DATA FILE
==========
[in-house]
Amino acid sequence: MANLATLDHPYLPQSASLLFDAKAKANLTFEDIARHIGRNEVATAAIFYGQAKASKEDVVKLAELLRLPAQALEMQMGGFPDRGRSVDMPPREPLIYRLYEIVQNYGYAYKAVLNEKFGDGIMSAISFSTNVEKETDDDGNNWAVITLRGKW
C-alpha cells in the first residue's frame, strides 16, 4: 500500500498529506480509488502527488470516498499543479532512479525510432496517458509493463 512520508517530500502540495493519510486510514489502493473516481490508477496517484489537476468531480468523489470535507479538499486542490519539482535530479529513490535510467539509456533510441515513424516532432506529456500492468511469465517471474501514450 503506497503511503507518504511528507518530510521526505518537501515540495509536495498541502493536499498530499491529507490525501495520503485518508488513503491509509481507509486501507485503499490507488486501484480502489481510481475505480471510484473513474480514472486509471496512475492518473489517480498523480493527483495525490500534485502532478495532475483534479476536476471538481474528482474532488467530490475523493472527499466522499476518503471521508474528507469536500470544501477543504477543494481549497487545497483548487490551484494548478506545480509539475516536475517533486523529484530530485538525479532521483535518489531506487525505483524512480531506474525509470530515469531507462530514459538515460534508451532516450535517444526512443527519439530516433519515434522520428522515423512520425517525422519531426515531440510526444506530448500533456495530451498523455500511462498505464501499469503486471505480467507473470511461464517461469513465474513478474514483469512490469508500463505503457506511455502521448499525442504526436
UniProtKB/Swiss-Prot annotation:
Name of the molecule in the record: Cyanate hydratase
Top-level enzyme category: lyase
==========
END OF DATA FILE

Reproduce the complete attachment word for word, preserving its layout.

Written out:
[in-house]
Amino acid sequence: MANLATLDHPYLPQSASLLFDAKAKANLTFEDIARHIGRNEVATAAIFYGQAKASKEDVVKLAELLRLPAQALEMQMGGFPDRGRSVDMPPREPLIYRLYEIVQNYGYAYKAVLNEKFGDGIMSAISFSTNVEKETDDDGNNWAVITLRGKW
C-alpha cells in the first residue's frame, strides 16, 4: 500500500498529506480509488502527488470516498499543479532512479525510432496517458509493463 512520508517530500502540495493519510486510514489502493473516481490508477496517484489537476468531480468523489470535507479538499486542490519539482535530479529513490535510467539509456533510441515513424516532432506529456500492468511469465517471474501514450 503506497503511503507518504511528507518530510521526505518537501515540495509536495498541502493536499498530499491529507490525501495520503485518508488513503491509509481507509486501507485503499490507488486501484480502489481510481475505480471510484473513474480514472486509471496512475492518473489517480498523480493527483495525490500534485502532478495532475483534479476536476471538481474528482474532488467530490475523493472527499466522499476518503471521508474528507469536500470544501477543504477543494481549497487545497483548487490551484494548478506545480509539475516536475517533486523529484530530485538525479532521483535518489531506487525505483524512480531506474525509470530515469531507462530514459538515460534508451532516450535517444526512443527519439530516433519515434522520428522515423512520425517525422519531426515531440510526444506530448500533456495530451498523455500511462498505464501499469503486471505480467507473470511461464517461469513465474513478474514483469512490469508500463505503457506511455502521448499525442504526436
UniProtKB/Swiss-Prot annotation:
Name of the molecule in the record: Cyanate hydratase
Top-level enzyme category: lyase